Ask the Dust – John Fante
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220px AskTheDust

“Los Angeles, give me some of you! Los Angeles come to me the way I come to you, my feet over your streets, you pretty town I loved you so much, you sad flower in the sand, you pretty town.” Arturo Bandini



Arturo Bandini arrives in Los Angeles with big dreams. But the reality he finds is a city gripped by poverty.

When he makes a small fortune from the publication of a short story, he reinvents himself, indulging in expansive clothes, fine food and downtown strip clubs. But Bandini’s delusions take a worrying turn when he is drawn into a relationship with Camilla Lopez, a beautiful but troubled young woman who will be responsible for his greatest downfall.

Review by Federico Adacher:

John Fante was Bukowski’s most remarkable influence, so it was expected to me reading his novels since Bukowski is my greatest influence. “Ask the Dust” tells the story of Arturo Bandini, the clever literary expedient who indicates John Fante’s alter ego, a young Italo-American from Colorado struggling and starving to become a writer in a great, magnificent but at the same time squalid, dirty and realistic Los Angeles, represented and largely described during the Great Depression Era.

He desperately wants to become a writer arriving in L.A with big dreams of success, but the reality he is forced to live in is quite different. He is poor and he does not have a job, but somehow he manages to earn a small fortune from the publication of a short story just when he thinks to give up on his dreams and come back to his house in Colorado.

As he tastes a small fortune in cash coming from his writing, Bandini indulges in expansive luxuries such as food, clothes and lowlife strip clubs. However, the encounter with Camilla Lopez, a beautiful Mexican young woman will be the begin of a doomed, memorable relationship.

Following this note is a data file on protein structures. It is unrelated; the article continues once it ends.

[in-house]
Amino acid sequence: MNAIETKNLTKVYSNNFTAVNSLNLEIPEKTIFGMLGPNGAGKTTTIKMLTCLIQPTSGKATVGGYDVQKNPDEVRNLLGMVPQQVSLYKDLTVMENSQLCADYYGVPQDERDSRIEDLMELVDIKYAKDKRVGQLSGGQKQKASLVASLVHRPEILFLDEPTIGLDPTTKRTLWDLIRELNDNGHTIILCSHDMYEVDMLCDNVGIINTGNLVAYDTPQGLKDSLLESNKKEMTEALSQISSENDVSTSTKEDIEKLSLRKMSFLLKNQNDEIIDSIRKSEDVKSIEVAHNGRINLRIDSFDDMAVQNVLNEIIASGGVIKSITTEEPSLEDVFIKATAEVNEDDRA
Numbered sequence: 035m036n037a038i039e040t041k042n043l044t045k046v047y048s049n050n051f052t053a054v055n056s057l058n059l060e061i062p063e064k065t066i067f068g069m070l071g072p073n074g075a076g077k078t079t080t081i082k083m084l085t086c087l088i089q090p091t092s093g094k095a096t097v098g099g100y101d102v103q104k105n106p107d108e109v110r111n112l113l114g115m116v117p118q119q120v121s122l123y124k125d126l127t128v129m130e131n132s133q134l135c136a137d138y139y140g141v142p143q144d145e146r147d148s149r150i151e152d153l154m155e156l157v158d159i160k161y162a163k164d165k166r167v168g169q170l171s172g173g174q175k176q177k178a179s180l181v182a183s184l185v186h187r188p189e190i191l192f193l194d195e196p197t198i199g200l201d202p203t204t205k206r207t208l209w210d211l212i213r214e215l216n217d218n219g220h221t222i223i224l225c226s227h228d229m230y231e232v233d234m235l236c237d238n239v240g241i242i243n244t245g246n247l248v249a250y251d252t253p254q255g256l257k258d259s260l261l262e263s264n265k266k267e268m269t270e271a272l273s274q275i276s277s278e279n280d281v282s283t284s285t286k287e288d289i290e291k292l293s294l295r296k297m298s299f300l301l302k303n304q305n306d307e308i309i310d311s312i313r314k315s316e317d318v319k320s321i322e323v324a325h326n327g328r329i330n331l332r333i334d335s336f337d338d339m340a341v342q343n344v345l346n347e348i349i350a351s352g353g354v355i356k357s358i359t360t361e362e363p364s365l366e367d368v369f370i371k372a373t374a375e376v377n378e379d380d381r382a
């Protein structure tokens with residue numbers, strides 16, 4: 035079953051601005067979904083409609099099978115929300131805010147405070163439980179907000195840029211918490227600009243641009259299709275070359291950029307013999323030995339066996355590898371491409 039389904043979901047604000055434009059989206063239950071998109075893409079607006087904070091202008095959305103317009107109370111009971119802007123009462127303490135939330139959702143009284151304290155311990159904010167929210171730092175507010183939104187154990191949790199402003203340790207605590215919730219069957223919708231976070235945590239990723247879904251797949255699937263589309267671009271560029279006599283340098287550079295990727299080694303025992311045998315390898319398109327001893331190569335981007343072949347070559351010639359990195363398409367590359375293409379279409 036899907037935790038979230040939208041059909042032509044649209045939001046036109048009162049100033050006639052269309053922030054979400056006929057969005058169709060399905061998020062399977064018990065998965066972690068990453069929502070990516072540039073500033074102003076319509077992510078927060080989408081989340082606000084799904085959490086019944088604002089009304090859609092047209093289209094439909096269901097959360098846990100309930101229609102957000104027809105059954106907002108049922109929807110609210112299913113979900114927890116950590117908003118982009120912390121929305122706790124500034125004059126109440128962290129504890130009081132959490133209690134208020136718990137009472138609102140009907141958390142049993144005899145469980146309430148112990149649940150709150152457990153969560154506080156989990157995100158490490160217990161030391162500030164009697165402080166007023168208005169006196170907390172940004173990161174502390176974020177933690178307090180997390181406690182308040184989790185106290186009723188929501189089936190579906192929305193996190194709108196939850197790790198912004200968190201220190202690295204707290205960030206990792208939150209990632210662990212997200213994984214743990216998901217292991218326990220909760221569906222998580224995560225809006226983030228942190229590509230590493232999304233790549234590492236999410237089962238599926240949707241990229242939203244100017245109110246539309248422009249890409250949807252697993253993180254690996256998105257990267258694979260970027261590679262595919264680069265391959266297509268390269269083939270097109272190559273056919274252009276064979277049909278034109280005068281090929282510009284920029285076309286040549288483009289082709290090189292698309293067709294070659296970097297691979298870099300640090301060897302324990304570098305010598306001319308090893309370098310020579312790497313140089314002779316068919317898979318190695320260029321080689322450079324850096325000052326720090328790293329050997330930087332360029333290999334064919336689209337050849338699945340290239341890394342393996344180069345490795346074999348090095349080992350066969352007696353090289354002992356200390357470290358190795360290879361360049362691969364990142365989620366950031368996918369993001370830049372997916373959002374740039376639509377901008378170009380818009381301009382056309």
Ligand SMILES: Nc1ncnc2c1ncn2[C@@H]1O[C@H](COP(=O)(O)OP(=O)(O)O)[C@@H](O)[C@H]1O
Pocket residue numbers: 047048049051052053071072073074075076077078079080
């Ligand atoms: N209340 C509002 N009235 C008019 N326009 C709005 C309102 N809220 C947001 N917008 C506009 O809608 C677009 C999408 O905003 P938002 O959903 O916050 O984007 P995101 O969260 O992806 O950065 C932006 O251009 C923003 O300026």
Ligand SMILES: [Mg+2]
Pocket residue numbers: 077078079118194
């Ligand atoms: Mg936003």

The style of the prose is gripping, powerful, passionate and memorable.

The main character, Bandini, is an outstanding creation who doesn’t only represent a misogynist young man who struggles to find its place in the world, but he is a vivid description of youth and its impatience. Whoever does not like his life and somehow feels he deserves more in a world where he has not been asked to born, will find in the young Arturo Bandini a projection of himself and of his dreams. Bandini is the personification of arrogance, vanity, frustration, and desire to rise above.

Arturo Bandini is me. Arturo Bandini is every single one of us. He is the incarnation of the dreamer. Reading his thoughts is just like a ride in a roller-coaster. Arturo Bandini, the illustrious predecessor of Henri Chinaski (Bukowski’s literary alter ego) and reflection of all of us who desperately want our fantasies to become true, will show us the light. He will show us how to survive in a world built on celluloid dreams.

One of the best, most true, and poetic book I have ever read.

As Charles Bukowski said: “Written of and from the gut and the heart… Fante was my God.”


Book details:

  • Genre: Roman à clef
  • Paperback: 198 pages
  • Publisher: Canongate Books
  • Language: English
  • ISBN-10: 184195330X
  • ISBN-13: 978-1841953304


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